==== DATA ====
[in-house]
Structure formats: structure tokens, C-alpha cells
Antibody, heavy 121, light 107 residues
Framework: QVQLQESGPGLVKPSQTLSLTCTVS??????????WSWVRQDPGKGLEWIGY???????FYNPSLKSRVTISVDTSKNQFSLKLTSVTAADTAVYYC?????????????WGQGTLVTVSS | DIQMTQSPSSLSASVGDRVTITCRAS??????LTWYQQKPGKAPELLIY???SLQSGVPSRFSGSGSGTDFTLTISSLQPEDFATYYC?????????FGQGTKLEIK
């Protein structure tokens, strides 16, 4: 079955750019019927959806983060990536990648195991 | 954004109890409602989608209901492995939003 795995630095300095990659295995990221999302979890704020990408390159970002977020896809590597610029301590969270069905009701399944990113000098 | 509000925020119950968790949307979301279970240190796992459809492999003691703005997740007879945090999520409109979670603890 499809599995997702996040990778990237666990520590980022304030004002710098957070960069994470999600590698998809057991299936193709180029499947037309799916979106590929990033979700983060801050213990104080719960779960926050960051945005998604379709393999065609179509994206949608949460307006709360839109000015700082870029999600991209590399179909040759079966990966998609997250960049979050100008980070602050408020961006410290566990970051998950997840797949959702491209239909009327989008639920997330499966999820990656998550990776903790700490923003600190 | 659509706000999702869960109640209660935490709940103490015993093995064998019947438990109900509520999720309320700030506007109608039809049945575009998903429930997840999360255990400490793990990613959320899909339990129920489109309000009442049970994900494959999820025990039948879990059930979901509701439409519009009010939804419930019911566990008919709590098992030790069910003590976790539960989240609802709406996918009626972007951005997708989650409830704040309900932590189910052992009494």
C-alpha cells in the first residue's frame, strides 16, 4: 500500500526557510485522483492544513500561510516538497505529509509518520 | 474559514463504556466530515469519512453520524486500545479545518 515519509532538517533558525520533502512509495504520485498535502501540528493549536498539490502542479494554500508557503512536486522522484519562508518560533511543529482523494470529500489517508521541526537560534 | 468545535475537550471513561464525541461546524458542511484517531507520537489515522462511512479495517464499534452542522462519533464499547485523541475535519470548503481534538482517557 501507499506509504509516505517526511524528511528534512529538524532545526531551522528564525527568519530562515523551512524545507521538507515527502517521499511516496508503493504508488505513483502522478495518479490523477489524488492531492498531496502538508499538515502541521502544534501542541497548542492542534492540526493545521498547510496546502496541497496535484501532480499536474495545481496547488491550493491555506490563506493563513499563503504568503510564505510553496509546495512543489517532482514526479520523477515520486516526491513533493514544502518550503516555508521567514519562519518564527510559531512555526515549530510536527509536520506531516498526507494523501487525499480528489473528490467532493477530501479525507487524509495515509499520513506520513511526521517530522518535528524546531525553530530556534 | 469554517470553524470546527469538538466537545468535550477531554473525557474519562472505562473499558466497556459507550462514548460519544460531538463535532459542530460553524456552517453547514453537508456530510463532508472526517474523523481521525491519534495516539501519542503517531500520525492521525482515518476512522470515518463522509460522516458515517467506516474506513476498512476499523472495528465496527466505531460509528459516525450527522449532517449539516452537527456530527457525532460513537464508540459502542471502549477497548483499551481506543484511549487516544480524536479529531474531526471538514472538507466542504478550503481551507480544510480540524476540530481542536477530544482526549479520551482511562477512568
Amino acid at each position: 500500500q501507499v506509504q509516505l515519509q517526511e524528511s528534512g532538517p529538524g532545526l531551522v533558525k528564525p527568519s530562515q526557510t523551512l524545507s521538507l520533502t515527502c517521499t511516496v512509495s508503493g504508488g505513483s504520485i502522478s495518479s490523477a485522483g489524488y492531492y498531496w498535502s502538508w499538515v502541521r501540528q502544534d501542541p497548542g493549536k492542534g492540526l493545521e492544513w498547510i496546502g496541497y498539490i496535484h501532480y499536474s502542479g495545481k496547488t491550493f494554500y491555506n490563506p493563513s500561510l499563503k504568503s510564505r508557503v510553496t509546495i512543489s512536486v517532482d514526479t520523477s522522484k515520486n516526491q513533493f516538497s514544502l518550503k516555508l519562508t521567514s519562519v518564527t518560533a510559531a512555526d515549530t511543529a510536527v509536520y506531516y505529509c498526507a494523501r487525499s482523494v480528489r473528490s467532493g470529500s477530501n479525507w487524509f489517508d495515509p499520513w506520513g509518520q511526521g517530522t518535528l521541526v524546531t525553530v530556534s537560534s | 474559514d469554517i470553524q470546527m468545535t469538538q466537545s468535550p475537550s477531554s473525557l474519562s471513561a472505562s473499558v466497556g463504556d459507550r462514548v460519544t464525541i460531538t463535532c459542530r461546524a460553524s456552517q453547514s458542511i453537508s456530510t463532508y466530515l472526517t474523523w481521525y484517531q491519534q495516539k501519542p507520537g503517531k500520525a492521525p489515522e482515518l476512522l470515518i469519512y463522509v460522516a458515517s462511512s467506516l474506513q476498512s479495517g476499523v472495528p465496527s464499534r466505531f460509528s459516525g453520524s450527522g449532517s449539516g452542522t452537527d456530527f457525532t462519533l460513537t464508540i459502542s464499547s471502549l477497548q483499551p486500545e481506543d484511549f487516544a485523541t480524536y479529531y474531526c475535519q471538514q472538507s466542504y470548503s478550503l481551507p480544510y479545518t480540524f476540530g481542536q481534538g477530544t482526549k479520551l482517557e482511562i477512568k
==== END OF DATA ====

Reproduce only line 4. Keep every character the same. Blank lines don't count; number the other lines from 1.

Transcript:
Framework: QVQLQESGPGLVKPSQTLSLTCTVS??????????WSWVRQDPGKGLEWIGY???????FYNPSLKSRVTISVDTSKNQFSLKLTSVTAADTAVYYC?????????????WGQGTLVTVSS | DIQMTQSPSSLSASVGDRVTITCRAS??????LTWYQQKPGKAPELLIY???SLQSGVPSRFSGSGSGTDFTLTISSLQPEDFATYYC?????????FGQGTKLEIK